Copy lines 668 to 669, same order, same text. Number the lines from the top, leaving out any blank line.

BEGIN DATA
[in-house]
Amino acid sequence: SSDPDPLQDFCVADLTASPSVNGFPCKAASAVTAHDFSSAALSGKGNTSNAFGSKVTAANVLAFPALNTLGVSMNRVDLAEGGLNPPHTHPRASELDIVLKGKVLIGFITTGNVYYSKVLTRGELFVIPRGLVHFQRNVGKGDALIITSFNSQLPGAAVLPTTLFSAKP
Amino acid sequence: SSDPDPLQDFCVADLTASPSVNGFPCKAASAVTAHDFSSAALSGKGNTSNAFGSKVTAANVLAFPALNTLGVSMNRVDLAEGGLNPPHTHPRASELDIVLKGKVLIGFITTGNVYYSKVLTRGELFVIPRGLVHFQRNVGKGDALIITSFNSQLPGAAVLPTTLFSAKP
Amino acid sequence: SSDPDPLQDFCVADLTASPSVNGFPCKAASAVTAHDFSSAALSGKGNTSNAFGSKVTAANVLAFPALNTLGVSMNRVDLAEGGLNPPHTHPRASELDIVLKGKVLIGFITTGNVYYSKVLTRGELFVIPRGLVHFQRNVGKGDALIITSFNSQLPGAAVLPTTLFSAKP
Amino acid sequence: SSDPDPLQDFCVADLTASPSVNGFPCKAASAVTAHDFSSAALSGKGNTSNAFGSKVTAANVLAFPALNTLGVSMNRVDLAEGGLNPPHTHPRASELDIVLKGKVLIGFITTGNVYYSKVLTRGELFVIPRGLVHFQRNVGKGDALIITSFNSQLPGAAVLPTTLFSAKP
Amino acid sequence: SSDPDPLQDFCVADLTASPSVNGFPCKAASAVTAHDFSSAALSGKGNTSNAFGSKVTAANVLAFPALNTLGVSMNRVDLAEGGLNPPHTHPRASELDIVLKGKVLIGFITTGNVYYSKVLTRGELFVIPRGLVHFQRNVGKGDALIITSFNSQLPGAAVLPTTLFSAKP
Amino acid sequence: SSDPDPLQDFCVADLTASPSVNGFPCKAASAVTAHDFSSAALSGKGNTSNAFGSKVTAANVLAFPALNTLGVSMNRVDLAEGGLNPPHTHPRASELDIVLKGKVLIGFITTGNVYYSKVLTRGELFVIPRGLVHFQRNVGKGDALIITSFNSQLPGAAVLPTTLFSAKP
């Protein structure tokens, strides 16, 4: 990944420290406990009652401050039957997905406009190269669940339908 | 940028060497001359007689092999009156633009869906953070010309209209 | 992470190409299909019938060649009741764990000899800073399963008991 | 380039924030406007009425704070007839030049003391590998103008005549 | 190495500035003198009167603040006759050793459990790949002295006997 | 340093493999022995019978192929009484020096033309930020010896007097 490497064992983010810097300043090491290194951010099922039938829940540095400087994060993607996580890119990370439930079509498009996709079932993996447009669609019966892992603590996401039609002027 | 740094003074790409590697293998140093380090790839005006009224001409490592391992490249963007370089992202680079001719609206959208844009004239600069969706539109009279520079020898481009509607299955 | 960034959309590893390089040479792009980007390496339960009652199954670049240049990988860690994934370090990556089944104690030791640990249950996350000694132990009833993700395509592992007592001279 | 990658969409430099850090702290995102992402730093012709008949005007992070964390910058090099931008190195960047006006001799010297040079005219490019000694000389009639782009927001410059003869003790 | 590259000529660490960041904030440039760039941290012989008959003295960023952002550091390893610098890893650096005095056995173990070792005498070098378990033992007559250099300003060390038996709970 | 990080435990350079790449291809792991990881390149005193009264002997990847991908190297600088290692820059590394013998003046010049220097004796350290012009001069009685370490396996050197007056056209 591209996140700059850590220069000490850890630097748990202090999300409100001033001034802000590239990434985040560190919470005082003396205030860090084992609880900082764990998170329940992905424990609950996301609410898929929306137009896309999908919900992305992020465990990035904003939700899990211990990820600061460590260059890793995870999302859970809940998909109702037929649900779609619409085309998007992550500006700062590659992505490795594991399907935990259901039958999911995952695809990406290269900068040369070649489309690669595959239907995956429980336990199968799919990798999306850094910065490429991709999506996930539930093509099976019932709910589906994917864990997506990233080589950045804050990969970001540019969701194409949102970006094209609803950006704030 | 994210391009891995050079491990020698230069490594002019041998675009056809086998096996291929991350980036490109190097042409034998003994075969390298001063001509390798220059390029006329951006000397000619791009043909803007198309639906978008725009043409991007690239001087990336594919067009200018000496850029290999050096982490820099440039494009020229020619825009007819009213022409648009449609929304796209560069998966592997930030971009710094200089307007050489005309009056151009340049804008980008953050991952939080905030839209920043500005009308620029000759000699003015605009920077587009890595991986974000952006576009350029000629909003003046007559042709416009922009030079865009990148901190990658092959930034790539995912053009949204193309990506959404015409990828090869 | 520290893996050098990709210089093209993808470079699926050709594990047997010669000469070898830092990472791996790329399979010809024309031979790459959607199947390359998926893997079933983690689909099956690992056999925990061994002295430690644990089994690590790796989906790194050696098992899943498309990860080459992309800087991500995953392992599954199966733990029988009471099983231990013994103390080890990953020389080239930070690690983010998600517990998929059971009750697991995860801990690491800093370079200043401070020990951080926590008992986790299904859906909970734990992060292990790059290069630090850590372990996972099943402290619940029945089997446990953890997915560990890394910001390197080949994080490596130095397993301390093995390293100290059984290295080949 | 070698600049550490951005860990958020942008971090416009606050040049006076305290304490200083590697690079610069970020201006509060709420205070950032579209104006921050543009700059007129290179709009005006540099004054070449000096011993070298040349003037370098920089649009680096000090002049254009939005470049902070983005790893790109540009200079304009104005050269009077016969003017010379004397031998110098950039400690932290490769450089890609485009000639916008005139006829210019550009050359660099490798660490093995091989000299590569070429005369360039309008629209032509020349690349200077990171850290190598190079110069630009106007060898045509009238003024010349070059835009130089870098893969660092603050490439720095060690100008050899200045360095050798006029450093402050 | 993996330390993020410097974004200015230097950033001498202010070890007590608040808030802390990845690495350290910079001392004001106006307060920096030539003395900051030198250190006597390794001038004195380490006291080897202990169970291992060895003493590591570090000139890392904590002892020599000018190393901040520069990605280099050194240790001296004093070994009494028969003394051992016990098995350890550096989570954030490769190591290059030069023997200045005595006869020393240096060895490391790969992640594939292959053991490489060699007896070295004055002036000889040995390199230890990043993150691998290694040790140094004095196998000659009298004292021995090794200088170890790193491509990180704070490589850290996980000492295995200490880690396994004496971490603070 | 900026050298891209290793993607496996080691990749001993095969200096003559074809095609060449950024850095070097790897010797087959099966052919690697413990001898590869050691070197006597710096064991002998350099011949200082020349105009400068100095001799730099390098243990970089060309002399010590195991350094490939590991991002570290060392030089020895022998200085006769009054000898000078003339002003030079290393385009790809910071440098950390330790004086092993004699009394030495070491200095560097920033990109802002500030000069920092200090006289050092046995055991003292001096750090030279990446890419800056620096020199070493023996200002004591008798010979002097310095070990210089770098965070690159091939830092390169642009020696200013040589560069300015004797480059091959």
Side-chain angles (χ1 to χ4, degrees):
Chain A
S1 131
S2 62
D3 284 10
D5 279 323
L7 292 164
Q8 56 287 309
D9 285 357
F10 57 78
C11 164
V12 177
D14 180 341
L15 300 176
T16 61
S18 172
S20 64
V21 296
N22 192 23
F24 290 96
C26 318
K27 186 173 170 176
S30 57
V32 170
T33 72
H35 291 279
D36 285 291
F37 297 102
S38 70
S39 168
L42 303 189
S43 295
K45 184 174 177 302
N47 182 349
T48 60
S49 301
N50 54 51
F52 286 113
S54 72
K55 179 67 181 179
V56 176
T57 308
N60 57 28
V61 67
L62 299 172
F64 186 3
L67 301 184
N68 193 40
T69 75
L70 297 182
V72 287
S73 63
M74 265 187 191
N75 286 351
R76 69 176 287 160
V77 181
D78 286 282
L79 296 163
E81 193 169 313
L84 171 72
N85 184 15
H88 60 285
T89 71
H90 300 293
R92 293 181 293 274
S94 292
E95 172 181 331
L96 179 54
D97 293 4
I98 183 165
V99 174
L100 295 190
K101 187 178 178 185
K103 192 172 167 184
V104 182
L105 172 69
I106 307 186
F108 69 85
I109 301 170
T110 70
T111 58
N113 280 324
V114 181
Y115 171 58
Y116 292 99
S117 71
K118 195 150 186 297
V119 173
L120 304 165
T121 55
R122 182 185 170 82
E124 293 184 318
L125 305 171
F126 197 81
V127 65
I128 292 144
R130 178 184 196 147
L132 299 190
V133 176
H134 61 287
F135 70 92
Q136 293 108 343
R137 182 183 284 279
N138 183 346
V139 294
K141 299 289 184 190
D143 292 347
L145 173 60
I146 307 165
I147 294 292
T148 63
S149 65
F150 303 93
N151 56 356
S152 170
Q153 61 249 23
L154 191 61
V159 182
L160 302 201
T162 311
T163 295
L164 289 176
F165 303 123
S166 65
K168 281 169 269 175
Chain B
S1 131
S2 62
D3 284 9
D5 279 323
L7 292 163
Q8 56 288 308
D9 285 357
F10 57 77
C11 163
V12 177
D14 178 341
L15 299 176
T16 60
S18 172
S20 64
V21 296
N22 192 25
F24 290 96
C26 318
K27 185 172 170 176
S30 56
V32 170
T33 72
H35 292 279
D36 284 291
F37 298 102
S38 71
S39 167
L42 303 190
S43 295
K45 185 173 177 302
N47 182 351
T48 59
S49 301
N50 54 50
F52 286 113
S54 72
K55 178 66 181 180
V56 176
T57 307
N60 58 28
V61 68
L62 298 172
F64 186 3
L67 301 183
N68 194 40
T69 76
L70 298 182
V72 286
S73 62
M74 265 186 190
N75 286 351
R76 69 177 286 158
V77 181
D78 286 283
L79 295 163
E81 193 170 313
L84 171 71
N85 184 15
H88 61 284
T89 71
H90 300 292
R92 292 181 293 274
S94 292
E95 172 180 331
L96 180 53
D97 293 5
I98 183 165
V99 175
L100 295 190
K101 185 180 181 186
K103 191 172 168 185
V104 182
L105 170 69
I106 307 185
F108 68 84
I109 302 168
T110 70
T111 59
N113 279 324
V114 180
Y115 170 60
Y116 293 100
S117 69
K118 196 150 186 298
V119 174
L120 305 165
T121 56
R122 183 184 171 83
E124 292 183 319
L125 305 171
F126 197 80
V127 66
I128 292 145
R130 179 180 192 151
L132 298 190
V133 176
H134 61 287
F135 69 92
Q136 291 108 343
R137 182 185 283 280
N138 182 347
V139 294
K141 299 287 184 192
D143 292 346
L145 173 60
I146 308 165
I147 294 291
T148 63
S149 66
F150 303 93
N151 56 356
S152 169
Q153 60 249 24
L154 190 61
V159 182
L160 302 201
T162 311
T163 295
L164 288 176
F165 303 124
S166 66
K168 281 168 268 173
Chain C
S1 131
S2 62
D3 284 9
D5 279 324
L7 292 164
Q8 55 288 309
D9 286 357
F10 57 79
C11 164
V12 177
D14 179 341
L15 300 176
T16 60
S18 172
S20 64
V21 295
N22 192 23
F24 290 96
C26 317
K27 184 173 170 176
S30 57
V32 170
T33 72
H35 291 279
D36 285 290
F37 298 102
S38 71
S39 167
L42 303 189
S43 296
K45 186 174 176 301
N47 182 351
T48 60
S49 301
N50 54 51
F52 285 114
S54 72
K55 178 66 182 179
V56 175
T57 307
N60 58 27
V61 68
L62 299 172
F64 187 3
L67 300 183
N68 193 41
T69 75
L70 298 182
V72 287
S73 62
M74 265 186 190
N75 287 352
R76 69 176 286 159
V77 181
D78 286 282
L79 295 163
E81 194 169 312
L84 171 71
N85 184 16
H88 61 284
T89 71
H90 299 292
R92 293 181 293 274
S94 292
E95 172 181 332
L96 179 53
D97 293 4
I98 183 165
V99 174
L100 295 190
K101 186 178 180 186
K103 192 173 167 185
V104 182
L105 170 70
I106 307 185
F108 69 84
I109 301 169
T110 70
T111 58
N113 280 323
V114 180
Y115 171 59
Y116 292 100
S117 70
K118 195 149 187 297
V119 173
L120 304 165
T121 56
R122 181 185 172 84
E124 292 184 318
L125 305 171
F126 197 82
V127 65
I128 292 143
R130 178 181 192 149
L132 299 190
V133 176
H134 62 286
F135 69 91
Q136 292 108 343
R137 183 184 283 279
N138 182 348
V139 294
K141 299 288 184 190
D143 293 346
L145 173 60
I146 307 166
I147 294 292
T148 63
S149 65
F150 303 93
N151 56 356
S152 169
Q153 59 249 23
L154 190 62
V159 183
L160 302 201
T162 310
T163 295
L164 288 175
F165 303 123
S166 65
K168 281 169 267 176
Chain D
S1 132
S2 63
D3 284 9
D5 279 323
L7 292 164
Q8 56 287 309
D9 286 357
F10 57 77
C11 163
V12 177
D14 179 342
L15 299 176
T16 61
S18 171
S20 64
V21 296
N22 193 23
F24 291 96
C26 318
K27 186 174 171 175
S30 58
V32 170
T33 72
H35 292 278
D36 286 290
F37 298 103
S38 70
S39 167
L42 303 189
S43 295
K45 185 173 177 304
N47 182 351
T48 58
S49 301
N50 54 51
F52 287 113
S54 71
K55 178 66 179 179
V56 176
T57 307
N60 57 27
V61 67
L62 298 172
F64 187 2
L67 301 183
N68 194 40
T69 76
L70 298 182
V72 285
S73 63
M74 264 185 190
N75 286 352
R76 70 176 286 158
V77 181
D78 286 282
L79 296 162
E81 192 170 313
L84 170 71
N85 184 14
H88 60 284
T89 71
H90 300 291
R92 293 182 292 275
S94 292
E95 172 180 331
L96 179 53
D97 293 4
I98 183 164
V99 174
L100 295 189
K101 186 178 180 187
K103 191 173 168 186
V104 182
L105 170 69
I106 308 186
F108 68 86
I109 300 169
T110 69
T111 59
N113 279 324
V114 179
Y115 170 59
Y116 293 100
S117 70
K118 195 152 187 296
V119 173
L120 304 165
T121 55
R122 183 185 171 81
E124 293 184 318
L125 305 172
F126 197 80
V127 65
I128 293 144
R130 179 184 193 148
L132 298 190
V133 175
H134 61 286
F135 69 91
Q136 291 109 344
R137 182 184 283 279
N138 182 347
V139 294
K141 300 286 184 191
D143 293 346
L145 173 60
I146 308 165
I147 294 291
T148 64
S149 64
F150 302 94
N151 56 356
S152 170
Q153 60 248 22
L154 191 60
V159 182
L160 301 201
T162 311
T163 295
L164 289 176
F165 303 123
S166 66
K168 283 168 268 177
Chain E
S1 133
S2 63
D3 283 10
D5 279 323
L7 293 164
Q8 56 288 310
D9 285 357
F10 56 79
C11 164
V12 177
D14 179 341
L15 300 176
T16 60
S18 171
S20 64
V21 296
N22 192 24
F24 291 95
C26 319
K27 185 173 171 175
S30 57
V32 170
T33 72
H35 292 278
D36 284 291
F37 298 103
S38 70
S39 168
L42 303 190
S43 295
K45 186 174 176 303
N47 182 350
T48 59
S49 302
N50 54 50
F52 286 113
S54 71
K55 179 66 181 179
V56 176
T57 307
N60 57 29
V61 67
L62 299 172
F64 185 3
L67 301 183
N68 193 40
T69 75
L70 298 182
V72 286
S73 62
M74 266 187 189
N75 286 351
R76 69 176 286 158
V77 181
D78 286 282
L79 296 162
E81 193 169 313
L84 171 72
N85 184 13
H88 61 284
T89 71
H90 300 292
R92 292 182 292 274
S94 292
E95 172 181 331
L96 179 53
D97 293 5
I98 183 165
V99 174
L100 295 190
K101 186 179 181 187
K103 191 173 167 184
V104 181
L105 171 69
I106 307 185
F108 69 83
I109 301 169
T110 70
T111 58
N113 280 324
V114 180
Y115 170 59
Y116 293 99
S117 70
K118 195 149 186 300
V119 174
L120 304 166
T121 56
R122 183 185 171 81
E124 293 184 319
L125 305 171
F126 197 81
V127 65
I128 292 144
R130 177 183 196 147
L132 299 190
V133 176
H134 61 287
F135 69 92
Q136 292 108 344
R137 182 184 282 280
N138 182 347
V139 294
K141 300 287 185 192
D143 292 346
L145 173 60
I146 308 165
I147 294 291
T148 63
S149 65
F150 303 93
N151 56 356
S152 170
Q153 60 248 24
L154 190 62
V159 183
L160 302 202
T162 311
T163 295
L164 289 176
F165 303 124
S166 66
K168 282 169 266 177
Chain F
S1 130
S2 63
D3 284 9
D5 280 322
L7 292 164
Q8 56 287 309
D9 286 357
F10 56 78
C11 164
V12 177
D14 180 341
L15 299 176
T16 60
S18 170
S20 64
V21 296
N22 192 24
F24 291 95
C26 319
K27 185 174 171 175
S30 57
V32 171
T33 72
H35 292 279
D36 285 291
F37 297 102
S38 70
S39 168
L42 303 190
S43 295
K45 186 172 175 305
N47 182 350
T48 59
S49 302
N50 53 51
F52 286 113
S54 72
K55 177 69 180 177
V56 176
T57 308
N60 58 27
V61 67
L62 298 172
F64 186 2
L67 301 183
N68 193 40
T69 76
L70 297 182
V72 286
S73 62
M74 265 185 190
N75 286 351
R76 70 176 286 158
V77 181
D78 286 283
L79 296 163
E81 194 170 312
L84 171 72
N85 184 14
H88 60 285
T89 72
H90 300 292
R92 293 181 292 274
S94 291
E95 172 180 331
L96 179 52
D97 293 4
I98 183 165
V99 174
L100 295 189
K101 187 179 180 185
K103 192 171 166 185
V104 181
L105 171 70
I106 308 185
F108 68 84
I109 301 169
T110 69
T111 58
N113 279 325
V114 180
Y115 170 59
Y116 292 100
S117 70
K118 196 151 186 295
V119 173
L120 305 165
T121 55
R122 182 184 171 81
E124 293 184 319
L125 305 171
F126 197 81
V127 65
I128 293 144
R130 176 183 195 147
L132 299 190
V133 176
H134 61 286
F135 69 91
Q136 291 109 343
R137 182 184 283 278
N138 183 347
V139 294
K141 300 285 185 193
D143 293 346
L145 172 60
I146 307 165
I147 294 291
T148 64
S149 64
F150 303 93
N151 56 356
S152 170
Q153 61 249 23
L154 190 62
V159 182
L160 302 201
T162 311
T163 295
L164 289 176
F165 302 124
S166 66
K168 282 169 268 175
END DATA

K55 177 69 180 177
V56 176